Both Aglaonemas and Stromanthe Triostars need plenty of humidity to survive, especially during the winter months when the air tends to be drier. You can increase humidity levels by misting them regularly with water, like every once or twice a week, depending on how much your home tends to get humid. If you keep your Aglaonema and Stromanthe Triostar plants together, you can also benefit from each plant releasing water vapors that will help the other one survive.

Fertilizer Requirements

Aglaonemas and Stromanthe Triostar plants should be fertilized once a month with a special fertilizer suitable for tropical plants. If you forget to fertilize your plants, you won’t have to worry too much as these plants are resilient enough to survive even without being fed.


When it comes to pruning Aglaonema and Stromanthe Triostar plants, you should cut off faded or yellow leaves to keep them healthy and thriving. If the Aglaonema plant becomes too tall for your liking, just use a pair of shears to remove the top portion and allow it to grow again.

Pest Prevention

Both Aglaonemas and Stromanthe Triostar plants are attractive to many pests, so you need to be on the lookout if you want to prevent mites, mealybugs or scale from taking over your plants. To keep these plants pest-free, you can use a soapy water solution to clean and make them less inviting for pests.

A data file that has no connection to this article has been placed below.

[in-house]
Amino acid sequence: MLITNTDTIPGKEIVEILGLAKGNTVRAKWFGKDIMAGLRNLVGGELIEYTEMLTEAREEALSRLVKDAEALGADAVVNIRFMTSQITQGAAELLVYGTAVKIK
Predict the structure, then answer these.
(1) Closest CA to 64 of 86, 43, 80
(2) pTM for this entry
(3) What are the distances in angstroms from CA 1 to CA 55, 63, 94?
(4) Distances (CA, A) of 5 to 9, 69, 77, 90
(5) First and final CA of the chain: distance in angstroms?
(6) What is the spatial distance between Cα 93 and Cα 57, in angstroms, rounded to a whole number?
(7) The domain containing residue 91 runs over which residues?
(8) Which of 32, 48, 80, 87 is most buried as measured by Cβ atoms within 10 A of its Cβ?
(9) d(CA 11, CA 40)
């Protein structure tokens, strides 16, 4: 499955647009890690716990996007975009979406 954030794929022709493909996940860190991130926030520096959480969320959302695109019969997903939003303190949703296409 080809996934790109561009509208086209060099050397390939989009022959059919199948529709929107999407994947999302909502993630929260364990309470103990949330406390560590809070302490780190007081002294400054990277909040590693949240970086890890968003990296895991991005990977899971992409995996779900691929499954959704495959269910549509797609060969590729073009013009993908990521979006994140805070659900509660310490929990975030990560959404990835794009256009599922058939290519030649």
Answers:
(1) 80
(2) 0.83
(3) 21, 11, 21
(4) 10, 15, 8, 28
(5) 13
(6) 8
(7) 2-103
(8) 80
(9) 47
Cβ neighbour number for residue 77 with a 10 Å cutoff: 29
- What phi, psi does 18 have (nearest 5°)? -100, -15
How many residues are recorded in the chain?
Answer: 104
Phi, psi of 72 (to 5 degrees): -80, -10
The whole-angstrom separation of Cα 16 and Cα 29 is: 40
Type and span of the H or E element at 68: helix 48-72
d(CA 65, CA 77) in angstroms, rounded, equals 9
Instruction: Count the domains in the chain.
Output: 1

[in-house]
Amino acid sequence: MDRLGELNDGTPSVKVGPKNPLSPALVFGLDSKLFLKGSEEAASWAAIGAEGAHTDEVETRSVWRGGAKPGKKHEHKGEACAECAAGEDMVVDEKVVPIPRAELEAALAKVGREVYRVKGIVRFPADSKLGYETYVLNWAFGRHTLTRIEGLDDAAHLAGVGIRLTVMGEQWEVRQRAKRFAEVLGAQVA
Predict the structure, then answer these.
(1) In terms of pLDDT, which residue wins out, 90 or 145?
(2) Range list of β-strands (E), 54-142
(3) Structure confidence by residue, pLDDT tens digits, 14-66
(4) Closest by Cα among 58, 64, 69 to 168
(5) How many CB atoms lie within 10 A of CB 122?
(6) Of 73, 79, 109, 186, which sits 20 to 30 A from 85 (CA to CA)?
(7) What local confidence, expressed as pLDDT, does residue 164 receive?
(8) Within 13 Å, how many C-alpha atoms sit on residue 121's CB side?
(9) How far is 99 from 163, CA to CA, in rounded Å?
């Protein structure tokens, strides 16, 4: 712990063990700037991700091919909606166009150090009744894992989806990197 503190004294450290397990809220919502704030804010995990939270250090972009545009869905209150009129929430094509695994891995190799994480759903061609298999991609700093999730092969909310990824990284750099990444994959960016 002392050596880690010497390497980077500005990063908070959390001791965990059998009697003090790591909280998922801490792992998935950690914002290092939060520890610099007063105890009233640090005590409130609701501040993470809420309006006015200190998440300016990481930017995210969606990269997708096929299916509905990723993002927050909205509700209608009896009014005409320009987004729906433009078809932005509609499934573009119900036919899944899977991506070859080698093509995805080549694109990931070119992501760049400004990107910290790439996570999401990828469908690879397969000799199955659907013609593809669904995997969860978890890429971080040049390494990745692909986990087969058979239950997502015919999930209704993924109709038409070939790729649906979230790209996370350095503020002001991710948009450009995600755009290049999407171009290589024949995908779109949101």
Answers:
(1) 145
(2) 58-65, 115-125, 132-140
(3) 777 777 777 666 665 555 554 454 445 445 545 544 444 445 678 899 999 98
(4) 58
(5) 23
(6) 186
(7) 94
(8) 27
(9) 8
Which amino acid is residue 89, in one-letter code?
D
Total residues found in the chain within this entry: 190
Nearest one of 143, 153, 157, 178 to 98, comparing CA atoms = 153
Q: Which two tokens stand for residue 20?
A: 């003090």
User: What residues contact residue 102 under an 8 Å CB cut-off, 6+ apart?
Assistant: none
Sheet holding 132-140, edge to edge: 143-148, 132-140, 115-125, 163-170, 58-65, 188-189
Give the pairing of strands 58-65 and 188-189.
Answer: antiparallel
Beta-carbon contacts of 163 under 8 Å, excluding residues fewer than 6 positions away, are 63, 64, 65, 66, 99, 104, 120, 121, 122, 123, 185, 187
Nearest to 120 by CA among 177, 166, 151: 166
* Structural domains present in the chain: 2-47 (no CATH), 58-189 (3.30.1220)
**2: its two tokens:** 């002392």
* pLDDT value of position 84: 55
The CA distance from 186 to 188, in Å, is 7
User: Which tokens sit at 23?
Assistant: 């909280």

Pink Aglaonema


You can propagate Aglaonema and Stromanthe Triostar plants by taking cuttings from leaves or leaves, but it’s recommended you don’t do this unless the Aglaonema Plant is especially big or growing too tall.

Alternatively, you can propagate them by division. Remove the plant from the container or ground and set it on a table or patio to separate it. Using a large knife, cut the plant at the base, cutting through both root systems.

Over to You

Now that you’ve seen the similarities and differences between Aglaonema plants and Stromanthe Triostar plants, it should be easier to choose which one is right for your home. If you want a plant with variegated leaves or green foliage, then aglaonemas are perfect for you.

On the other hand, if you love tropical houseplants with purple-colored flowers on tall stems, then Stromanthe Triostars might just be what you need. Make sure to consider how much light your aglaonema or stromanthe triostar will receive before making any final decisions about them in order to keep both of these beautiful plants healthy at all times.

Martin Duran

Hey y'all! My name is Martin Duran and I am from Cali, Colombia. Since 2018 I have been learning about plants and how to take care of them. Here's is my journey... “The clearest way into the Universe is through a forest wilderness.” ― John Muir